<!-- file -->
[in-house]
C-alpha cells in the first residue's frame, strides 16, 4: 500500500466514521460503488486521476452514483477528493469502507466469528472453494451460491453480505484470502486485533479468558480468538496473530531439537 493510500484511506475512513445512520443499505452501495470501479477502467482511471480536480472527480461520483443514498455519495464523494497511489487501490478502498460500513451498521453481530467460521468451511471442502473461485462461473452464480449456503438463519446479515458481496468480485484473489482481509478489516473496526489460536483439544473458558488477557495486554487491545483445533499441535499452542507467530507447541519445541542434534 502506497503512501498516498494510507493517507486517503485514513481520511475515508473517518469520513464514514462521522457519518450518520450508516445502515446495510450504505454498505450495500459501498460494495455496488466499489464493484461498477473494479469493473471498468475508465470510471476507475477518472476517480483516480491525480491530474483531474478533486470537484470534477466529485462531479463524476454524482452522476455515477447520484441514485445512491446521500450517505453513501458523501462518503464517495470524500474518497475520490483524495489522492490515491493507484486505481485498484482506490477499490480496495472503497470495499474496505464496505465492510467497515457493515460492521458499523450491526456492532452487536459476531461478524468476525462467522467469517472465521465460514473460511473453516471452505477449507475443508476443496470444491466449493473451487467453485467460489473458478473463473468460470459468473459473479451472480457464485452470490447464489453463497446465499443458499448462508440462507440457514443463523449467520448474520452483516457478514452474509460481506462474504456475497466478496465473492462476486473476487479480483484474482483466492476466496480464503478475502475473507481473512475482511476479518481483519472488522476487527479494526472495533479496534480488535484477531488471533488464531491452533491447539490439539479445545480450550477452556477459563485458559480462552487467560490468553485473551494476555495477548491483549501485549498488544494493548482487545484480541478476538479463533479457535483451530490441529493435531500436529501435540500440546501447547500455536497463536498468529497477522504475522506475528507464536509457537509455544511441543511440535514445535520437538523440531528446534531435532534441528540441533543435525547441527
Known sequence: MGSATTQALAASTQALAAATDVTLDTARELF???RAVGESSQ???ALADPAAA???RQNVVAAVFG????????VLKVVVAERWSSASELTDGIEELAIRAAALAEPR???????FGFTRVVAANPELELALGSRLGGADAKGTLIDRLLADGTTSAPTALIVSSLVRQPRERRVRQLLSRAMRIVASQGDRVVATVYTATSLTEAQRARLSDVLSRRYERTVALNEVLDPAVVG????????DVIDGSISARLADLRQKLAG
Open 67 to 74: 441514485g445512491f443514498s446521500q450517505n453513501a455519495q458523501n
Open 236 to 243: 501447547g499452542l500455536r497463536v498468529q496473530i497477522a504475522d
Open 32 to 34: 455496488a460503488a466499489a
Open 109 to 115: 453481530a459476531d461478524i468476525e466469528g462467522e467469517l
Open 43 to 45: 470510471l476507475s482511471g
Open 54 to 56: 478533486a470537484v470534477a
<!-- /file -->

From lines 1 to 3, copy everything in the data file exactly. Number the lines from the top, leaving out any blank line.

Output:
[in-house]
C-alpha cells in the first residue's frame, strides 16, 4: 500500500466514521460503488486521476452514483477528493469502507466469528472453494451460491453480505484470502486485533479468558480468538496473530531439537 493510500484511506475512513445512520443499505452501495470501479477502467482511471480536480472527480461520483443514498455519495464523494497511489487501490478502498460500513451498521453481530467460521468451511471442502473461485462461473452464480449456503438463519446479515458481496468480485484473489482481509478489516473496526489460536483439544473458558488477557495486554487491545483445533499441535499452542507467530507447541519445541542434534 502506497503512501498516498494510507493517507486517503485514513481520511475515508473517518469520513464514514462521522457519518450518520450508516445502515446495510450504505454498505450495500459501498460494495455496488466499489464493484461498477473494479469493473471498468475508465470510471476507475477518472476517480483516480491525480491530474483531474478533486470537484470534477466529485462531479463524476454524482452522476455515477447520484441514485445512491446521500450517505453513501458523501462518503464517495470524500474518497475520490483524495489522492490515491493507484486505481485498484482506490477499490480496495472503497470495499474496505464496505465492510467497515457493515460492521458499523450491526456492532452487536459476531461478524468476525462467522467469517472465521465460514473460511473453516471452505477449507475443508476443496470444491466449493473451487467453485467460489473458478473463473468460470459468473459473479451472480457464485452470490447464489453463497446465499443458499448462508440462507440457514443463523449467520448474520452483516457478514452474509460481506462474504456475497466478496465473492462476486473476487479480483484474482483466492476466496480464503478475502475473507481473512475482511476479518481483519472488522476487527479494526472495533479496534480488535484477531488471533488464531491452533491447539490439539479445545480450550477452556477459563485458559480462552487467560490468553485473551494476555495477548491483549501485549498488544494493548482487545484480541478476538479463533479457535483451530490441529493435531500436529501435540500440546501447547500455536497463536498468529497477522504475522506475528507464536509457537509455544511441543511440535514445535520437538523440531528446534531435532534441528540441533543435525547441527
Known sequence: MGSATTQALAASTQALAAATDVTLDTARELF???RAVGESSQ???ALADPAAA???RQNVVAAVFG????????VLKVVVAERWSSASELTDGIEELAIRAAALAEPR???????FGFTRVVAANPELELALGSRLGGADAKGTLIDRLLADGTTSAPTALIVSSLVRQPRERRVRQLLSRAMRIVASQGDRVVATVYTATSLTEAQRARLSDVLSRRYERTVALNEVLDPAVVG????????DVIDGSISARLADLRQKLAG